One of my favorite contemporary writers is a philosopher named Jonathan Lear, who teaches at the University of Chicago.  Lear is also a Freudian psychoanalyst, and he writes intriguingly about the connections between philosophy and psychology.  In his book Open Minded he tells the story of a dream he used to have about his name—Lear—and its connection to the Shakespeare play.   He realized that in his dreams he was not King Lear so much as he was Cordelia, Lear’s daughter who refused to tell the king what he wanted to hear and is banished for her refusal.  Jonathan Lear’s flash of insight came when he realized that Cordelia’s problem was his problem.  Here is what he says:
To identify with Cordelia is to want to be blunt, to avoid embellishment, flattery, or hypocrisy-and to want to be loved for doing just that.  This is not a set of desires which get satisfied often.  By and large, people prefer to be flattered.  They find it hard to recognize love in a blunt appraisal; and they find it even harder to reciprocate such love.  Cordelia's strategy is not the route to massive popularity. -- Jonathan Lear, Open Minded: Working Out the Logic of the Soul, p. 3
We want to tell the truth, and we want to be loved for doing it.  That was Cordelia’s problem.  That was Jonathan Lear’s problem.  That was John the Baptist’s problem.  I can’t speak for you, but I realize that often it’s my problem, too.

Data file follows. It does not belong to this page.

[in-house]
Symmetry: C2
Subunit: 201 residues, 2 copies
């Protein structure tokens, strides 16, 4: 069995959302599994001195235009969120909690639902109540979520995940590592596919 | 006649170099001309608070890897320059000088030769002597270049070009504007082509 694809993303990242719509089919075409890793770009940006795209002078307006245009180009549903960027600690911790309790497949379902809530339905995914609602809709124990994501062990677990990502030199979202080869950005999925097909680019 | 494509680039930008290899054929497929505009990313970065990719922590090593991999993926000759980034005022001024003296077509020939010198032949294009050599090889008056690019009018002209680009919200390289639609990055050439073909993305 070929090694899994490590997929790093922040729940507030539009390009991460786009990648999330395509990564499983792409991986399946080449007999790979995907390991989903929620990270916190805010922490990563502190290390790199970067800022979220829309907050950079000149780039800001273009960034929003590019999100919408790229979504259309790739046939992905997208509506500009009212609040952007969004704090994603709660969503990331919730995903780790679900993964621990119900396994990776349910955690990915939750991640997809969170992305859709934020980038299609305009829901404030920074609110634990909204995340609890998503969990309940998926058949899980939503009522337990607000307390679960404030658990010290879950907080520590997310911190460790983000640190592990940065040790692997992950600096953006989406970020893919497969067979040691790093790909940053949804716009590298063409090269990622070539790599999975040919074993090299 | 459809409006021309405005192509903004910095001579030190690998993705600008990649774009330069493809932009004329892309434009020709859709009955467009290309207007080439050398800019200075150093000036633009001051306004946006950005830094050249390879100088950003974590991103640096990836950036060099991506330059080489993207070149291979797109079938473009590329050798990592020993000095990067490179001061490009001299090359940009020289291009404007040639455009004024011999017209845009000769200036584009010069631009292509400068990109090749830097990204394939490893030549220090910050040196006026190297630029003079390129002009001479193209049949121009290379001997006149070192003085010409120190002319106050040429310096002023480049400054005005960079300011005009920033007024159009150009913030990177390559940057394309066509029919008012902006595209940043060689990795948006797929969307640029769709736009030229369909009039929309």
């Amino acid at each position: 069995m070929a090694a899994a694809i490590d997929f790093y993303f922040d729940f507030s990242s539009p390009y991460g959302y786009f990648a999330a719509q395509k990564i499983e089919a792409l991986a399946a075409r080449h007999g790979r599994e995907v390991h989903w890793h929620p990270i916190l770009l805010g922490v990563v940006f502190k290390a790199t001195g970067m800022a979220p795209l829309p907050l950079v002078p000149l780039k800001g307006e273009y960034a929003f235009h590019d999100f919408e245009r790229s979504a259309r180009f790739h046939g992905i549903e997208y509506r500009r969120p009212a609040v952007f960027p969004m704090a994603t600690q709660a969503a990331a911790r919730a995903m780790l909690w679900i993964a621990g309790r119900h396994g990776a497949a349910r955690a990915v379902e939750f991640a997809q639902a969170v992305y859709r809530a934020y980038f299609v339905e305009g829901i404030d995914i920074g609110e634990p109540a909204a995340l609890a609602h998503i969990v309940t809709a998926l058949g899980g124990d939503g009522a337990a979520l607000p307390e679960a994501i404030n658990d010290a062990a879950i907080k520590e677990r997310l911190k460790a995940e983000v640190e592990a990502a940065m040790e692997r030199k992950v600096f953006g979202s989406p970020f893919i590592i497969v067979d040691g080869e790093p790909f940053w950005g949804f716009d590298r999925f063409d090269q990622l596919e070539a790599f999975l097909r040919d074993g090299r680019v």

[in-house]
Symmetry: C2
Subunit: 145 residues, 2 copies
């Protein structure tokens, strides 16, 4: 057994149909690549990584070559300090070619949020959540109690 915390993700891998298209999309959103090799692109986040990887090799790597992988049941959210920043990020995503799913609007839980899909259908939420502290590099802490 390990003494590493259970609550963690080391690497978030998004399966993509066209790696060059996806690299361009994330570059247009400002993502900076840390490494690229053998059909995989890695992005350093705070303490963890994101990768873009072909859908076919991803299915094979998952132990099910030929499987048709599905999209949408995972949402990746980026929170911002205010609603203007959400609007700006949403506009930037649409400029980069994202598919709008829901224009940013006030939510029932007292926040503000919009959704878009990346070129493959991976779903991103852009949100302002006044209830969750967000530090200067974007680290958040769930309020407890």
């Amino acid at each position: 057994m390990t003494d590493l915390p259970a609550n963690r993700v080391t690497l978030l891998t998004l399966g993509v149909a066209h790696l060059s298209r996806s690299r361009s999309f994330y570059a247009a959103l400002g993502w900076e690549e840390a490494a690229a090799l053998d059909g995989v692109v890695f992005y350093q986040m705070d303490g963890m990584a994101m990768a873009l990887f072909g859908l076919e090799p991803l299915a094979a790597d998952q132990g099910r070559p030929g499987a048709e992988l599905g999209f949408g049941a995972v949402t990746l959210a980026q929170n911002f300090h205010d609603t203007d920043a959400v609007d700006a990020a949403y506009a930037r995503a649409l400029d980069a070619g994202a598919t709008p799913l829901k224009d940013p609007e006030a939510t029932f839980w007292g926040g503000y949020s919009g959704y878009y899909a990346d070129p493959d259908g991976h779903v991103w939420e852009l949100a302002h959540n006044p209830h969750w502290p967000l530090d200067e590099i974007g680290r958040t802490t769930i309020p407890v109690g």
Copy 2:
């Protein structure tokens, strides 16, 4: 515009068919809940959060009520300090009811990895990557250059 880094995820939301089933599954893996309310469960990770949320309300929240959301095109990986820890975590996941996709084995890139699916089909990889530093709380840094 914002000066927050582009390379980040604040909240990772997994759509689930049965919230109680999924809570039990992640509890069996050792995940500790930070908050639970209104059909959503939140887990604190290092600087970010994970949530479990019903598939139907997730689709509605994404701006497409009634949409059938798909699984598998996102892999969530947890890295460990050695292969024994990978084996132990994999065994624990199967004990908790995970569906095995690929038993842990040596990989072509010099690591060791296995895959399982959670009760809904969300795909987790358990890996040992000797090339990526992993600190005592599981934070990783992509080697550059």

So what is a prophet, or a prophetic community, to do?  We want to speak the truth, we want to hold power accountable, and we want, if possible, to avoid being beheaded. Many of the people we call saints today were those who stood up for Christianity against the oppressive claims of empire.  They were martyrs—literally “witnesses”—to the truth of the Gospel who did indeed speak truth to power.  So martyrdom—witness—is an ancient and honorable tradition in Christianity.  And there are times when we need to risk it in the service of what is right.  But I’ve been around the movement world a long time, and a lot of what we call prophecy is simply self-dramatization.  There is another ancient tradition, a more pragmatic one, a tradition that counsels working with power to achieve good ends. Of course, there are times when imperial power is intractable, when you have to stand up and demand that the band play “La Marseillaise”, even though you know they’ll shut down the bar.  But there are also times to work with power to bring about a good result for everybody.  The trick, of course, is to be able to tell the difference.
            Listen again to the last part of what Noam Chomsky says:
And secondly, you don’t speak truth to anybody, that’s too arrogant. What you do is join with people and try to find the truth, so you listen to them and tell them what you think and so on, and you try to encourage people to think for themselves.

One of the things I’ve learned as a preacher is that anybody can get up in a pulpit, point their finger at somebody, and tell them what is wrong with them.  The harder thing is to build the kind of relationships that will make for real change.
The story of John the Baptist’s execution for speaking truth to power leads me to make two points about its implications.  One point is about our national life.  The other is about our personal lives.